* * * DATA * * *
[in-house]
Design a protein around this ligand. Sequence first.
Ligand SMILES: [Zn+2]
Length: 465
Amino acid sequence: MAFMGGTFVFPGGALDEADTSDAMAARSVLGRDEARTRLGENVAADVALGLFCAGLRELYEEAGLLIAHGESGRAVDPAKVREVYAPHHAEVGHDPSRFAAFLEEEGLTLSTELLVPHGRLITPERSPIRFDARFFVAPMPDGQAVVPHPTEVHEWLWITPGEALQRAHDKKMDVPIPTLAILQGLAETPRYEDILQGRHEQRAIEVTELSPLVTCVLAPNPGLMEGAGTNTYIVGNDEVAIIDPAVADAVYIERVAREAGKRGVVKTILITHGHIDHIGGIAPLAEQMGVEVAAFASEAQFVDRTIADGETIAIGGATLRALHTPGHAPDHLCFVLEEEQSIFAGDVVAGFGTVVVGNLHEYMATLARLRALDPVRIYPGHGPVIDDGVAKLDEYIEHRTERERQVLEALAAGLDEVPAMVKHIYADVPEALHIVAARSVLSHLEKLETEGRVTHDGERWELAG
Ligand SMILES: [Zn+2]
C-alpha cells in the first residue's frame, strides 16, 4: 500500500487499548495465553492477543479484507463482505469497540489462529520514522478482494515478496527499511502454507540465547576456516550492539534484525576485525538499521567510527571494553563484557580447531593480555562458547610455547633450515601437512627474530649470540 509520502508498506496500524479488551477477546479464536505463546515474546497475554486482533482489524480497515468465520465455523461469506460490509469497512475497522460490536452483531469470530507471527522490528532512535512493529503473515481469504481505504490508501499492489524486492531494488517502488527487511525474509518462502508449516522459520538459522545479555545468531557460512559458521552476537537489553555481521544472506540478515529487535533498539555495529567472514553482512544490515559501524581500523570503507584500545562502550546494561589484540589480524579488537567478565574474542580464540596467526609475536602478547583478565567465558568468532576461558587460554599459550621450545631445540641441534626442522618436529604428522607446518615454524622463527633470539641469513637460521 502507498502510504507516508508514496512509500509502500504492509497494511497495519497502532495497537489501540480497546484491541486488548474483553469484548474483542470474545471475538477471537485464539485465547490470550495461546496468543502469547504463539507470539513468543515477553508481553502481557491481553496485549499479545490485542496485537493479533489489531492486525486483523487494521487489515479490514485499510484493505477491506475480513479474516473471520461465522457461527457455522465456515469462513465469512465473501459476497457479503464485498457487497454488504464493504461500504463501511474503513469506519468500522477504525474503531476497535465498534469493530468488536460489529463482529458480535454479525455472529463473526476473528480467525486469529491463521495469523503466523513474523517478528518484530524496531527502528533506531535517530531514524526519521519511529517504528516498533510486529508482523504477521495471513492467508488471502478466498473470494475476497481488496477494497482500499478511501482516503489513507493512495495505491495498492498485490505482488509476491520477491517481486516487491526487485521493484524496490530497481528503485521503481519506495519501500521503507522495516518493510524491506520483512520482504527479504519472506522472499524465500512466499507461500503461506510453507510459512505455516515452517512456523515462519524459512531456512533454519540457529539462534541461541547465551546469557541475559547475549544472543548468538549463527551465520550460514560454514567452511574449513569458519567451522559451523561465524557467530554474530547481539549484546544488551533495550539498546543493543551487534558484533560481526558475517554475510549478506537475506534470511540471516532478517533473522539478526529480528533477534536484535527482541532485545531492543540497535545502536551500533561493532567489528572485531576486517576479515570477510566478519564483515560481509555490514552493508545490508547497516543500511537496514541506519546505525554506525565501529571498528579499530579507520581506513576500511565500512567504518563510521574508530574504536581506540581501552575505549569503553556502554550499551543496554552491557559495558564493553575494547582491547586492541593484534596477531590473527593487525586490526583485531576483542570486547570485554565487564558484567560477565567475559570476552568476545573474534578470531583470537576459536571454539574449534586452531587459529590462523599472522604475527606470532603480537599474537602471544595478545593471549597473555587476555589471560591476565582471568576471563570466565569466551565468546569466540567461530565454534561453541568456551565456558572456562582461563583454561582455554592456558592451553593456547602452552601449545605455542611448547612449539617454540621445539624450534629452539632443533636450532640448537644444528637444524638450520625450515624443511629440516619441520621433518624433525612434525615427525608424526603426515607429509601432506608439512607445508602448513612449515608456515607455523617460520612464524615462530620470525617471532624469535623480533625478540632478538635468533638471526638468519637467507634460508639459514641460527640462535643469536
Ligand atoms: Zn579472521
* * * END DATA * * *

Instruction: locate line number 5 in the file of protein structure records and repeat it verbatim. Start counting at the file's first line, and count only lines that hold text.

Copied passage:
Amino acid sequence: MAFMGGTFVFPGGALDEADTSDAMAARSVLGRDEARTRLGENVAADVALGLFCAGLRELYEEAGLLIAHGESGRAVDPAKVREVYAPHHAEVGHDPSRFAAFLEEEGLTLSTELLVPHGRLITPERSPIRFDARFFVAPMPDGQAVVPHPTEVHEWLWITPGEALQRAHDKKMDVPIPTLAILQGLAETPRYEDILQGRHEQRAIEVTELSPLVTCVLAPNPGLMEGAGTNTYIVGNDEVAIIDPAVADAVYIERVAREAGKRGVVKTILITHGHIDHIGGIAPLAEQMGVEVAAFASEAQFVDRTIADGETIAIGGATLRALHTPGHAPDHLCFVLEEEQSIFAGDVVAGFGTVVVGNLHEYMATLARLRALDPVRIYPGHGPVIDDGVAKLDEYIEHRTERERQVLEALAAGLDEVPAMVKHIYADVPEALHIVAARSVLSHLEKLETEGRVTHDGERWELAG